Between the move to a new house and the fact that Mrs. ExKevin is in the last throes of finishing her Master’s degree, free time to do gun stuff beyond writing about gun stuff has been in short supply this last month.

But I managed to get in 15 minutes worth tonight, and it felt GOOD.

Of Course It’s A Training Issue…

… because unless you’re Rob Leatham and you popped out of your Mom’s womb with a 1911 in one hand and a Dillon 650 in the other*, everything about learning how to shoot a gun involves training of some sort**.

Is learning to use a DA/SA trigger harder than learning to use a striker trigger? Yes. Is it roadblock the size of Mt. Logan standing in the path of learning to shoot well? No. It is just as big an issue (or excuse) as the person pulling the trigger makes it to be. You can get good on a DA/SA trigger with under 100 rounds of practice ammo if you don’t let it play with your head. The minute you say, “Oh, I can’t shoot that gun because it has an eight pound first pull”, you’re exactly right, you can’t. I’ve never considered it to be a big deal, and guess what, it’s not.

For the record, I prefer DA/SA guns***, but I recommend striker-fired guns to first timers because they’re quicker to learn than a DA/SA gun. Note that word, however… QUICKER. Not better, quicker. I’ve watched great shooters who usually shot tuned striker guns (and good 1911’s) struggle to shoot accurately with the 8 pound trigger on the original LC9 because they got used to just one kind of a trigger. They were good at one type of pistol, and the minute something new was put into their hands, their ability to hit the target dropped dramatically and they had to re-learn what they had learned.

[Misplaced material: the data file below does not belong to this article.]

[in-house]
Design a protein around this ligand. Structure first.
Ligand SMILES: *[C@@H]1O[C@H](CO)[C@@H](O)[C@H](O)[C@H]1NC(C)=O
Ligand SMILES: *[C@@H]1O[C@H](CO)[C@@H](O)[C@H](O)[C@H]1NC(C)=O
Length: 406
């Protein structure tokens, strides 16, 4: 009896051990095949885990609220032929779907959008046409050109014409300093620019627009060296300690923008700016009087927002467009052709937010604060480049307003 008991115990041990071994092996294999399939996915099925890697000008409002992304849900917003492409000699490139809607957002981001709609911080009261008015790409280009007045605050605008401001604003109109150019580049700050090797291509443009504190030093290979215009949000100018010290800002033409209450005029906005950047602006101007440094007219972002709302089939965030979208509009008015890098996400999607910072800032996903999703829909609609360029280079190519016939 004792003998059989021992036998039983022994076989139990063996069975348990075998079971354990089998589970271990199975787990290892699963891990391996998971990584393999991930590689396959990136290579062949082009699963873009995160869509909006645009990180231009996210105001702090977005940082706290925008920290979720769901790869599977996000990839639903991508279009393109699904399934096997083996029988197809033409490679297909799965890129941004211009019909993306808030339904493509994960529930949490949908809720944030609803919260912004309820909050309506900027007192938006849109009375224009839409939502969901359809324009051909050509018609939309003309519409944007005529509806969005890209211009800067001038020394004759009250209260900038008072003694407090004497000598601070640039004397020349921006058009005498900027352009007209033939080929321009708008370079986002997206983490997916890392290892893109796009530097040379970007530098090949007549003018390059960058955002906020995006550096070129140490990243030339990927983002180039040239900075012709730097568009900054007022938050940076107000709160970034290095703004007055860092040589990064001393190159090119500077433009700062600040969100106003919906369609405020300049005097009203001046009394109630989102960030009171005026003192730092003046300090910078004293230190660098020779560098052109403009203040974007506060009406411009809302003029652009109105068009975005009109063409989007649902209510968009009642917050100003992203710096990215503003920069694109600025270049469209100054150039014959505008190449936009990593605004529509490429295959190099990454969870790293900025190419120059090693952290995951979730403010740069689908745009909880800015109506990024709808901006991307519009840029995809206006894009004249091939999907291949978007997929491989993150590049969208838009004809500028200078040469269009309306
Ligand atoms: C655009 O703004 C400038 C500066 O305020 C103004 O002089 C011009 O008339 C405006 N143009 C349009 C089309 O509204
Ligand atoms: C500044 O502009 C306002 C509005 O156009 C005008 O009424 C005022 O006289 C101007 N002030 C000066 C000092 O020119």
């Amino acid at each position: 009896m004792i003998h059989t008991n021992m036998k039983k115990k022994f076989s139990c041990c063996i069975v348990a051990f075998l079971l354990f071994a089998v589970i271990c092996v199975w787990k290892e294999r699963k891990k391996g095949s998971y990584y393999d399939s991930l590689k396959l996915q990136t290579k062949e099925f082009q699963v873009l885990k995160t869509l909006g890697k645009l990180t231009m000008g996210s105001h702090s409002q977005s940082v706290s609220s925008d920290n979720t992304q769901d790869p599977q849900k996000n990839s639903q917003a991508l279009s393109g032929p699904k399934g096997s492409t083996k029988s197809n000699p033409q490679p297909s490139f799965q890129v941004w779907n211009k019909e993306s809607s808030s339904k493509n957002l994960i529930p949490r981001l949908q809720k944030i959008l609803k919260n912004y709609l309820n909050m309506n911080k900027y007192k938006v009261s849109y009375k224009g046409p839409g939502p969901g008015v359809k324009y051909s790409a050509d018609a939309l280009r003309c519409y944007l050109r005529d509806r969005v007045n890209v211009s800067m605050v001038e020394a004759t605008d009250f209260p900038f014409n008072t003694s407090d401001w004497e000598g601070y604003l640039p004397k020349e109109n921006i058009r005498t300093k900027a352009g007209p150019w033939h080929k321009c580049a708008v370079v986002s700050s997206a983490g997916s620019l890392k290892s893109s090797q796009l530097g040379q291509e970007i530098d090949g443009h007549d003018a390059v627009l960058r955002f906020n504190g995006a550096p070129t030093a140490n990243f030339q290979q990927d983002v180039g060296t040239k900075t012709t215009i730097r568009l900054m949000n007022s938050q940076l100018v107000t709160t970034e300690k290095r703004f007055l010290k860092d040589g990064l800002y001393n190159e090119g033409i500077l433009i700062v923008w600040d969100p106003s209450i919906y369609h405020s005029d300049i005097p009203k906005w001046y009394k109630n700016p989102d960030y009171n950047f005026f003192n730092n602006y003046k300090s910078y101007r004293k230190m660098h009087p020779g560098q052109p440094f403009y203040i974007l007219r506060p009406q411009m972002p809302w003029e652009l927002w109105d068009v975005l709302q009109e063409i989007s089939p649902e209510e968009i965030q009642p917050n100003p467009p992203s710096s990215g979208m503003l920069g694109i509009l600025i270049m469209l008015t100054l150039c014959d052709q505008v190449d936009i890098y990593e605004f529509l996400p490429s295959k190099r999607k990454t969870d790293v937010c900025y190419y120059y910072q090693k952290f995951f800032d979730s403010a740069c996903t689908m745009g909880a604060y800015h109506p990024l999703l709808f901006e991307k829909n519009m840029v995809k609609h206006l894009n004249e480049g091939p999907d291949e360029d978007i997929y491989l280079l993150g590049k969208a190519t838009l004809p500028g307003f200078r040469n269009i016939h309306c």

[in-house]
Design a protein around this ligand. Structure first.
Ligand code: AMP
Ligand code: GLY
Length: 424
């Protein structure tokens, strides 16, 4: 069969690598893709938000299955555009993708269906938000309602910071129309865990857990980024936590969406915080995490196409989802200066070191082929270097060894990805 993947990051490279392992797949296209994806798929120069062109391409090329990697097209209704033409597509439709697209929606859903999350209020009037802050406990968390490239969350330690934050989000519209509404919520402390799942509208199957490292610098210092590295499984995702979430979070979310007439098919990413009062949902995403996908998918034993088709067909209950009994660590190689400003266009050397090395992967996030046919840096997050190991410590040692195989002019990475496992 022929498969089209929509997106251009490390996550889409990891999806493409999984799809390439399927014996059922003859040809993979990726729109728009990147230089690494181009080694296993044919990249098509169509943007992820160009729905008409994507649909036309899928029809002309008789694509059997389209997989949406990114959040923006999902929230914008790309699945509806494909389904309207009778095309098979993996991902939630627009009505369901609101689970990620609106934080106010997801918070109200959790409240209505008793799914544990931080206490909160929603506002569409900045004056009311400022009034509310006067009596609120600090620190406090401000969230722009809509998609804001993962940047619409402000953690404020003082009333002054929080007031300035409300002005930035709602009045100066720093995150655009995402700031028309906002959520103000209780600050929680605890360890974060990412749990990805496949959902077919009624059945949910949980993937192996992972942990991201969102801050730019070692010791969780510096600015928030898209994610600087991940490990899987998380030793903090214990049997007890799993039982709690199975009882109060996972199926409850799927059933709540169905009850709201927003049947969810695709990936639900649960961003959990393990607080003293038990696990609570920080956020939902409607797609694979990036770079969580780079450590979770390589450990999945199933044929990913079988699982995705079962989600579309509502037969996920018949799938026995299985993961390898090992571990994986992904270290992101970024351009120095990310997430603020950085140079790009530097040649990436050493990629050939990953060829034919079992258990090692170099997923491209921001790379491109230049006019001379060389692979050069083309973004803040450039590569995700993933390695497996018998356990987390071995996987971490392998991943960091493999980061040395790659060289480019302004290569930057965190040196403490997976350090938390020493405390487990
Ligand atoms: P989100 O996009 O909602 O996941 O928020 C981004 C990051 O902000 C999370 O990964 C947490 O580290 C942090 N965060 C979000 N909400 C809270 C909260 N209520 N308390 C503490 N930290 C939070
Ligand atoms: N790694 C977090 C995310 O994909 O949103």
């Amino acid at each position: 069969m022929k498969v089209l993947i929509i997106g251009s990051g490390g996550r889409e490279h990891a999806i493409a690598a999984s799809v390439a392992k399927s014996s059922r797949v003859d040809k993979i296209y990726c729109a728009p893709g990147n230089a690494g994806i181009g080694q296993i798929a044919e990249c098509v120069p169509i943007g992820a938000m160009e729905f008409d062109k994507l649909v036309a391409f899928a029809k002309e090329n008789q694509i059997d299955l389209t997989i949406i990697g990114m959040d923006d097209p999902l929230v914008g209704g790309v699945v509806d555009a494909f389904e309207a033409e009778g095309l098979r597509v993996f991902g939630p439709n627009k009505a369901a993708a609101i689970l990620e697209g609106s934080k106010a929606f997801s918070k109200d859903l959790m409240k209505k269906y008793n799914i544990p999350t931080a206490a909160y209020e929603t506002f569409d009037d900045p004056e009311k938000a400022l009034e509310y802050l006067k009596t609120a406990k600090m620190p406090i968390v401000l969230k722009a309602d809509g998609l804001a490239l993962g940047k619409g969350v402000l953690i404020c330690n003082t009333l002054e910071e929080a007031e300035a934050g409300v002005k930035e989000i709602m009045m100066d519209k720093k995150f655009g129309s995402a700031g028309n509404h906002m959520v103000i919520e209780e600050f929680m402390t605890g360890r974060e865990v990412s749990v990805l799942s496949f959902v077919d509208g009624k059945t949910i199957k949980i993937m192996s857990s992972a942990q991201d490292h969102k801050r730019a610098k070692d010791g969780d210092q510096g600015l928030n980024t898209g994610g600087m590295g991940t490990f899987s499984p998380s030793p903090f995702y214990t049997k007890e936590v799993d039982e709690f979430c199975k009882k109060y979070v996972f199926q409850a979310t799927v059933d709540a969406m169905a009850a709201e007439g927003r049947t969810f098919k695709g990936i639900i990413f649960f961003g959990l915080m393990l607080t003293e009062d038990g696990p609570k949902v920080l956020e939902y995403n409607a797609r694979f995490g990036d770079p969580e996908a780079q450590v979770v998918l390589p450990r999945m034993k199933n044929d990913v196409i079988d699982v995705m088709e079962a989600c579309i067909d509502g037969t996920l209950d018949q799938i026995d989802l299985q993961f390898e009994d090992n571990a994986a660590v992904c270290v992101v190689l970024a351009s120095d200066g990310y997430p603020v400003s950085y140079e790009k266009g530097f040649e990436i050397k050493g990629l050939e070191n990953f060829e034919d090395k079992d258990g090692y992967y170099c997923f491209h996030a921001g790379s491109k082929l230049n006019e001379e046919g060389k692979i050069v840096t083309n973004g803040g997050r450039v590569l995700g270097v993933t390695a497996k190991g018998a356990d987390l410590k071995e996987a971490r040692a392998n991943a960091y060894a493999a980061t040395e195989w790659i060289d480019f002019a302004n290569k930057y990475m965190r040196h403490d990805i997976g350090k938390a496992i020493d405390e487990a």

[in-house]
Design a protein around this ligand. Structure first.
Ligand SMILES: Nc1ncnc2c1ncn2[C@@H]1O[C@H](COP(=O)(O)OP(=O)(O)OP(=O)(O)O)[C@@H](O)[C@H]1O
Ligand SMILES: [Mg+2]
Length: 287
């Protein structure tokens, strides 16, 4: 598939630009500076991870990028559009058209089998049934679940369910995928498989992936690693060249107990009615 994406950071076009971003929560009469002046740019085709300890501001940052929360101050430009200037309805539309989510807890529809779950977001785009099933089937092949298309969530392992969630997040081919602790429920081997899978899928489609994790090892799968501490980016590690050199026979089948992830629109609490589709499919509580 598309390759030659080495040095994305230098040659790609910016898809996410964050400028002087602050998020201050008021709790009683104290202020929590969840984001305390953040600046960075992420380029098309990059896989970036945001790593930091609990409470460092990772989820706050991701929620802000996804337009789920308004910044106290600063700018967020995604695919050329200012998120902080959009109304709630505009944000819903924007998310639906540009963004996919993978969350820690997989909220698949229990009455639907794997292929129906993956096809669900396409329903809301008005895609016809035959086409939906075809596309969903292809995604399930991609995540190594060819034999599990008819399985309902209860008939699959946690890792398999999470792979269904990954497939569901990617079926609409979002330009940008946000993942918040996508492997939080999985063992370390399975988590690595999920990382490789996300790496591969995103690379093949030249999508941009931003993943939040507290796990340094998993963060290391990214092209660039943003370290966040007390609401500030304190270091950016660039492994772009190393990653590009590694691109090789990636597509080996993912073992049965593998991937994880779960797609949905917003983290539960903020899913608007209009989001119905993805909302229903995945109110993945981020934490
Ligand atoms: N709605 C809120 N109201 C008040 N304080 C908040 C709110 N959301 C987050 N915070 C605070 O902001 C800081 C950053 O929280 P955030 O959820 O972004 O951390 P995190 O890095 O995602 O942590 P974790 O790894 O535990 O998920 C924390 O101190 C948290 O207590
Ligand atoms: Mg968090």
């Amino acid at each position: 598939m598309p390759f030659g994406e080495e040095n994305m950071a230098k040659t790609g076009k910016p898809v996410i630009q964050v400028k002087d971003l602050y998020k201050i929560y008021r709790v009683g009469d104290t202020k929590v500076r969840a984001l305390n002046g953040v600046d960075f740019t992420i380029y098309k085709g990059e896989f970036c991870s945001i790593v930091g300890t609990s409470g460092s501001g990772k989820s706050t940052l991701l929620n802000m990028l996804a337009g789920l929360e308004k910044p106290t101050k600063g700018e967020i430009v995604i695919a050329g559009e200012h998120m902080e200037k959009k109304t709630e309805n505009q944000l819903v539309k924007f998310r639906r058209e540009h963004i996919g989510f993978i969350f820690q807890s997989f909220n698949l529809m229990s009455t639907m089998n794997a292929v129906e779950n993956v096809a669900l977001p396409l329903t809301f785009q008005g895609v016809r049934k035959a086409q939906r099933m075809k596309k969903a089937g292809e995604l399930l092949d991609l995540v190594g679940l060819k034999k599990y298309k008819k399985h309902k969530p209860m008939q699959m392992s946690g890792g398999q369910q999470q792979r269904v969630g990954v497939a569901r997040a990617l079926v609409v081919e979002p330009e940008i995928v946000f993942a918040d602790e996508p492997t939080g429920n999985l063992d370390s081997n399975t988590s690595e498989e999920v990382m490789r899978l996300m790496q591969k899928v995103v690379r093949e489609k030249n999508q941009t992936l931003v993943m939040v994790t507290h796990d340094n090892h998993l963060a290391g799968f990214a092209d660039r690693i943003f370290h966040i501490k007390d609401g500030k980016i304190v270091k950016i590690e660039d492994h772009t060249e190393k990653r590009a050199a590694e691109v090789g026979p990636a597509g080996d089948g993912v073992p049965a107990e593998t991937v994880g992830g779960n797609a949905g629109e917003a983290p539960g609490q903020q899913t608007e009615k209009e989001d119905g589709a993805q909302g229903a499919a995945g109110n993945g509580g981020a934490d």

Think that’s a training issue? I sure do.

There are some training issues you can and should avoid completely, such as choosing an unsafe holster. However, there is also no such thing as a free lunch. Yes, the initial learning curve with a striker gun is flatter, but eventually the need to run different kinds of guns appears, and just like car parts, you can pay for it now, or pay for it later, but that training issue isn’t going away.


 

* Ouch, that musta hurt…
** Not true, I know Rob trains and trains and trains. He can also run just about any gun phenomenally well, regardless of what trigger is on it. 
*** My carry guns are a DAO Kel-Tec P3AT, a striker-fired M&P Shield and a DA/SA CZ P07. I am nothing if not a bundle of contradictions.

We Also Walk Dogs.

What if retail gun stores stopped being about guns and started being about lifestyle? What would they look like? They’d sell guns, and DIY home alarm kits. They’d have a range, and a dojo and a service that (for a small fee) will walk through a customer’s home and make recommendations on home security. They’d sell first aid kits and car emergency kits and flashlights and have classes on pistol shooting, prepping on a budget, preventing credit card fraud and how to stay safe on vacation.

They’d cover all the bases, not just the gun base. Gun Culture 1.0 stores sell camo clothing and tents and decoys and barbecues and other items only tangentially related to pulling the trigger. Why should a Gun Culture 2.0 store be just about guns?

* And this time, it’s a science fiction reference in the title, not a music reference.